Eleanor Weinberger, Plaintiff-appellant, v. Mci Telecommunications Corporation, a Delaware Corporation;patricia Flaherty; Gordon Gray; Henry Wittman;william Coleman, Iii, Defendants-appellees, 16 F.3d 414 (4th Cir. 1994)

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US Court of Appeals for the Fourth Circuit - 16 F.3d 414 (4th Cir. 1994) Argued Oct. 26, 1993. Decided Jan. 25, 1994

Appeal from the United States District Court for the Eastern District of Virginia, at Alexandria. Albert V. Bryan, Jr., Senior District Judge.

Alan Jay Cilman, Alexandria, VA, for appellant.

Frank Charles Morris, Jr., Epstein Becker & Green, P.C., Washington, DC, for appellees.

Thomas R. Bagby, Epstein, Becker & Green, P.C., Washington, DC, Gloria Lett, MCI Telecommunications Corp., Washington, DC, for appellees.

E.D. Va.

AFFIRMED.

Before HAMILTON, Circuit Judge, CHAPMAN, Senior Circuit Judge, and YOUNG, Senior United States District Judge for the District of Maryland, sitting by designation.

OPINION

PER CURIAM:


Eleanor Weinberger brought suit against MCI Communications Corp. alleging wrongful termination. Weinberger claimed her dismissal constituted gender-based discrimination and was in retaliation for complaints she made to the Equal Employment Opportunity Commission and within MCI. The district court granted MCI's motion for summary judgment as to Counts I and II of Weinberger's action finding them barred by res judicata. It granted the motion as to the remaining two counts finding that they failed to state a claim upon which relief may be granted. Assuming without deciding that the dismissal of Counts I and II on res judicata grounds was improper, we nonetheless affirm summary judgment in favor of MCI on all counts because Weinberger has not stated a claim upon which relief may be granted under Virginia law. I. Weinberger is a resident of the state of Maryland. MCI is a Delaware corporation. Weinberger began working for MCI in May 1983. At that time, she received a handbook and was told that both MCI and its employees were bound by the handbook. The handbook described MCI's "open door" policy as follows: We encourage you to talk with your supervisor and share other problems that may be affecting you.... When [discussion with the immediate supervisor] does not work to your satisfaction, you may want to take your problem to the next higher level of supervision to discuss the matter in an attempt to resolve the dispute.... You have the right to request and receive assistance from any other level of management or the Human Resources Department. Expressing your concern under the "open door" policy will not prejudice your standing with the Company in any way. The stated purpose of the open door policy was to foster cooperation and communication between the various levels of employees and thus avoid the need for labor unions. Elsewhere, the MCI handbook states that handbooks are "not intended to create an employment contract or term of employment or to set legal limits upon MCI in its relationship with its employees or the termination of that relationship" and that MCI policies "may be changed from time to time without notice or may in some circumstances be disregarded by management." Weinberger denies that the handbook she was given, which had an effective date subsequent to her hiring, contained these disclaimers. In 1987 and 1988, Weinberger signed stock option agreements that stated her employment with MCI was at will and could be terminated "at any time for any reason." In the summer of 1988, MCI hired Patricia Flaherty as Weinberger's supervisor. Shortly thereafter and in the presence of Weinberger's coworkers, Flaherty falsely accused Weinberger of having sexual relations with MCI customers. Later, Flaherty told Weinberger that a customer who complained about Weinberger was probably the only customer with whom Weinberger refused to have sex. Weinberger requested a meeting with Gordon Gray, a vice president of MCI, to complain about Flaherty's behavior. Weinberger specifically requested that the meeting be under the open door policy. Gray agreed. When they met, however, Gray was unreceptive to Weinberger's concerns and complained that Weinberger was wasting his time.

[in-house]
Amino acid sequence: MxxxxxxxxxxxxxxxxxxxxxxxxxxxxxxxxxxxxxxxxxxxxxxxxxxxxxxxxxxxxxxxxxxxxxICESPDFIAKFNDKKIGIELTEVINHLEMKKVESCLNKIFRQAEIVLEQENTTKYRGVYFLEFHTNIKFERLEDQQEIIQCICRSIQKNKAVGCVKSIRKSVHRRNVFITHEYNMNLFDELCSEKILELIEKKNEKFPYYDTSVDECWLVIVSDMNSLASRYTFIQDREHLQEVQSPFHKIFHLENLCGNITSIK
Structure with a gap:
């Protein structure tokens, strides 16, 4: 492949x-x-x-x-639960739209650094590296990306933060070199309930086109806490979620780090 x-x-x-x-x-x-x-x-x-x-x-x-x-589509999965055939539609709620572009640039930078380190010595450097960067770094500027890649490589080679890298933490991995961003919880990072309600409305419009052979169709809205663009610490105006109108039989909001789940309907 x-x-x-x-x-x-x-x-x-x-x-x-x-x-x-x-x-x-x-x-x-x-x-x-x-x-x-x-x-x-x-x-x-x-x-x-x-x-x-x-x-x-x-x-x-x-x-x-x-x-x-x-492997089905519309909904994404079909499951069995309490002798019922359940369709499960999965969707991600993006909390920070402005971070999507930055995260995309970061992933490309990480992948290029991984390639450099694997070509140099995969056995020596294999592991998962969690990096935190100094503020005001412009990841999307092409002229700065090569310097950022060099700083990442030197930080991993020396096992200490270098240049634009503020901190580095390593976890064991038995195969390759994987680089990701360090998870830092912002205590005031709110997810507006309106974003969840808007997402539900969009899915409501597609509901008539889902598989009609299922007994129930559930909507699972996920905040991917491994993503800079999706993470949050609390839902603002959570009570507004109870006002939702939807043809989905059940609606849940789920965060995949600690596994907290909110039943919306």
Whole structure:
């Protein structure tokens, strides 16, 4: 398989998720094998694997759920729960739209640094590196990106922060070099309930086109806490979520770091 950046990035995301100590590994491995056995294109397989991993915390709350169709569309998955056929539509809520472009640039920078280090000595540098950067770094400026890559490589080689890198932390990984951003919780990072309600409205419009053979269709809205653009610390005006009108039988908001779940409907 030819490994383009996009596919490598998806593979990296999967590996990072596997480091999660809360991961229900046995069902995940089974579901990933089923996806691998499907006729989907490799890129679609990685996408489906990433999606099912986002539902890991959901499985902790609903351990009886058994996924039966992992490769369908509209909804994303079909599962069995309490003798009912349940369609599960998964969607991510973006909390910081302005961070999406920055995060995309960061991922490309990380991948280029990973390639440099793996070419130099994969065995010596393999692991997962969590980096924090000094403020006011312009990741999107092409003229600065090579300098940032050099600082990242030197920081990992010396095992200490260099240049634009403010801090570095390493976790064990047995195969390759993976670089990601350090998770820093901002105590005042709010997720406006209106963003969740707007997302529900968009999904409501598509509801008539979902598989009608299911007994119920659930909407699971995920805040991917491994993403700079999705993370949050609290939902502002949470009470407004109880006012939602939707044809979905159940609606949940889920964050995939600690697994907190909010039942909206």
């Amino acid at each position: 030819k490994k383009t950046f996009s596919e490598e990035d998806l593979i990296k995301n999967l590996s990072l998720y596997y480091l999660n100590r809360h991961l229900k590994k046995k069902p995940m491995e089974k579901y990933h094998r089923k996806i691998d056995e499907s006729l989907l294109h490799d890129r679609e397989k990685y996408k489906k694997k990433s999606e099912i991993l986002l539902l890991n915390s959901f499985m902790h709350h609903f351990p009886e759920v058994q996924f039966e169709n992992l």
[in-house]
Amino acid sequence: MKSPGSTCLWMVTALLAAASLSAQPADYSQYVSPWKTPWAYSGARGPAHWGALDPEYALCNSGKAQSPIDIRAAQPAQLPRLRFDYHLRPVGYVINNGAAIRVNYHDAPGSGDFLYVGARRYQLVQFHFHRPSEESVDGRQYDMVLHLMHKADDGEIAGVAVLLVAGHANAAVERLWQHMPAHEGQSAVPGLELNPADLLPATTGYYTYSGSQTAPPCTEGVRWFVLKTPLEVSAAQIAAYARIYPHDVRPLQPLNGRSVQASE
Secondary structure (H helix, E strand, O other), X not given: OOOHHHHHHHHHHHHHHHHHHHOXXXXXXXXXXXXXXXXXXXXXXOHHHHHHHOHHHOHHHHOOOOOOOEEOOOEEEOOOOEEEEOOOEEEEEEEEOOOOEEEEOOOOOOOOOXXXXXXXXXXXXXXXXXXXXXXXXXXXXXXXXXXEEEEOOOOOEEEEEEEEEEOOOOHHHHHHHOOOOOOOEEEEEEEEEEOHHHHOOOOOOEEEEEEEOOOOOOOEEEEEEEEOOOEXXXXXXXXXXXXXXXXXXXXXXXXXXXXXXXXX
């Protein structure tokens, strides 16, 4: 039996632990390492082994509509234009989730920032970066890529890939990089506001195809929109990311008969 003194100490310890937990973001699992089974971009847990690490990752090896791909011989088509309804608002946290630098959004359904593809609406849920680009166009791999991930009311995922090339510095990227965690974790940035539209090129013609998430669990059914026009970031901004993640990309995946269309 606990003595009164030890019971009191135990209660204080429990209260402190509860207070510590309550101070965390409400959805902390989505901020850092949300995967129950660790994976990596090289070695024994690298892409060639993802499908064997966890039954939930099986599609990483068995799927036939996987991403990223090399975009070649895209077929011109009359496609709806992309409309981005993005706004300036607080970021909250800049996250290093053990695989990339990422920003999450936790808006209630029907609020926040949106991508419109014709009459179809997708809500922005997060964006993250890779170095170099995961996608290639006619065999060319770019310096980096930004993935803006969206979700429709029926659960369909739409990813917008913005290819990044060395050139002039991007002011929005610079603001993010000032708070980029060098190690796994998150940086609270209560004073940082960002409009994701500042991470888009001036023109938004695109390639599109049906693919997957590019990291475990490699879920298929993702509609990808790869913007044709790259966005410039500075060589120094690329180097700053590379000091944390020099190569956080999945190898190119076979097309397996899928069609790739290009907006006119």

After her meeting with Gray, Weinberger told MCI's Human Resources Department that she was going to file a complaint with the EEOC. In September 1988, Joe Brumbry of MCI's Human Resources Department met with Weinberger to discuss her problems with Flaherty. Brumbry later told Weinberger that although Flaherty had admitted making the statements, Weinberger should nonetheless apologize to Flaherty because the complaint would harm Flaherty's career. In mid-October 1988, Weinberger was terminated. Gray told Weinberger she was being fired because she refused to apologize to Flaherty and was not a team player.